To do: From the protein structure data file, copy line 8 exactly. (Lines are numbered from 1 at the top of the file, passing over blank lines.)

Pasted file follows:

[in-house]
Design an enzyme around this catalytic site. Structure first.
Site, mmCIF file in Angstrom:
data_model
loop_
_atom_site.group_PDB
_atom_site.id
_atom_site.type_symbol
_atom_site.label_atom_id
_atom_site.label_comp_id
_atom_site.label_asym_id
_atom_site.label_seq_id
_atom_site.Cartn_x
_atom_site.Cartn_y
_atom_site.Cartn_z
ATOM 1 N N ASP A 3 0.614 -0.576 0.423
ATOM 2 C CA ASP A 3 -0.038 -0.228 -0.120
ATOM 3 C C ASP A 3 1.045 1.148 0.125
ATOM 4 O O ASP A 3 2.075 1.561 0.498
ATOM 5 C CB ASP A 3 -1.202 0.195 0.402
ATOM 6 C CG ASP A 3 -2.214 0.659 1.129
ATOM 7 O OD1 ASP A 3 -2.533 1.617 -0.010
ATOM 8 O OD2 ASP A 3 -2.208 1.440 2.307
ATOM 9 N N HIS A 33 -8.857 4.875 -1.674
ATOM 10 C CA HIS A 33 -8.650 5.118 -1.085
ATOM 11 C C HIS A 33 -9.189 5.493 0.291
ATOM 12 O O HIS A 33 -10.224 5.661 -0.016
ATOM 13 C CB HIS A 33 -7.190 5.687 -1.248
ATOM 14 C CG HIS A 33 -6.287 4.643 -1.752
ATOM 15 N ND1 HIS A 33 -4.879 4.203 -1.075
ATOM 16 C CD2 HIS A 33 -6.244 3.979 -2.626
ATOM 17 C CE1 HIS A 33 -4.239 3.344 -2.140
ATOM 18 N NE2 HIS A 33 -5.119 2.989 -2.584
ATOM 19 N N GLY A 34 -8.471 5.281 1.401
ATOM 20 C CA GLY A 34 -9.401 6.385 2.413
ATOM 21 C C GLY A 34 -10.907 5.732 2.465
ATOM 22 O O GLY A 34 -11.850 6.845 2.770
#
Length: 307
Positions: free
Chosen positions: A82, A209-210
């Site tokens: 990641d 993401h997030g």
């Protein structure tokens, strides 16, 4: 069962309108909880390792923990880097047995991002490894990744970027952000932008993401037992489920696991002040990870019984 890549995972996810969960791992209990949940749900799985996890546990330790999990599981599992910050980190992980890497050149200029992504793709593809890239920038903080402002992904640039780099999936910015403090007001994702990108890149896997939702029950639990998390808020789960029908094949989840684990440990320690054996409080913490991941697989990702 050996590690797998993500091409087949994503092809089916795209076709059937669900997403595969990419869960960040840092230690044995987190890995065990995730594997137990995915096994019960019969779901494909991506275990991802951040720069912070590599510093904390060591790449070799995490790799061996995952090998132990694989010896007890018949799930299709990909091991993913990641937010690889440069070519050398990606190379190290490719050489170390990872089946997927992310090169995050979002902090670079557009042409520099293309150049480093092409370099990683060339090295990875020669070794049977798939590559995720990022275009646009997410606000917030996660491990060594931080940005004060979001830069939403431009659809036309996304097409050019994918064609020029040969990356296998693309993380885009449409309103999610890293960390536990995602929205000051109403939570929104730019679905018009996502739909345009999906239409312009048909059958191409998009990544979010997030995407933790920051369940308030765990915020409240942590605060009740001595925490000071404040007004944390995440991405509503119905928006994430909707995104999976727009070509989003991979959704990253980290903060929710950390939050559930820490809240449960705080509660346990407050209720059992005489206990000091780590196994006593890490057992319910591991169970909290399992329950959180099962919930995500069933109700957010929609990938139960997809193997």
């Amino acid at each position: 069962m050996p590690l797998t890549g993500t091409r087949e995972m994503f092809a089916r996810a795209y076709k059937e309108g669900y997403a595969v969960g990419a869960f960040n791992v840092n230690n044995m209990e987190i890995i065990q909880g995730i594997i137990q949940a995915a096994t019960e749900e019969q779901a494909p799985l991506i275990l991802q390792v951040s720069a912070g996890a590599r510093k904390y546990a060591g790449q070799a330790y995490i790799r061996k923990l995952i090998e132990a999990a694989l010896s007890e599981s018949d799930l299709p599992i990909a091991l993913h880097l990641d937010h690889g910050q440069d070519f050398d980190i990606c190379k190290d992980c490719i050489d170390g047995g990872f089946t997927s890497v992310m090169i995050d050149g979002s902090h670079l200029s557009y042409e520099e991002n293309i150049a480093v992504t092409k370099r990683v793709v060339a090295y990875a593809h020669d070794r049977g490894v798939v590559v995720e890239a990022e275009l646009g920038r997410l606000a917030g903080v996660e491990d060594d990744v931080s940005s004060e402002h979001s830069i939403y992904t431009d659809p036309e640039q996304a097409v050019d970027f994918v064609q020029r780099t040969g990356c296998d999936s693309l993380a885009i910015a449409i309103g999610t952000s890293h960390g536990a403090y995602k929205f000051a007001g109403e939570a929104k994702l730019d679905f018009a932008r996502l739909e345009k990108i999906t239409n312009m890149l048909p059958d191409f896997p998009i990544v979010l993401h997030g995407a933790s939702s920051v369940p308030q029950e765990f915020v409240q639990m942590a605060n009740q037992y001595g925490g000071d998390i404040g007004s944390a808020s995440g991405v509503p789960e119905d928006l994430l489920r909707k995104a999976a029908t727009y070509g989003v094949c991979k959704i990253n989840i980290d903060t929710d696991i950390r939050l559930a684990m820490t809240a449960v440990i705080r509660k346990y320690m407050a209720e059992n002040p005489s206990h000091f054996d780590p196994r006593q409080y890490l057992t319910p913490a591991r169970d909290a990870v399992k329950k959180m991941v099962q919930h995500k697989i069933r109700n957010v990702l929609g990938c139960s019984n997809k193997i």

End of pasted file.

_atom_site.type_symbol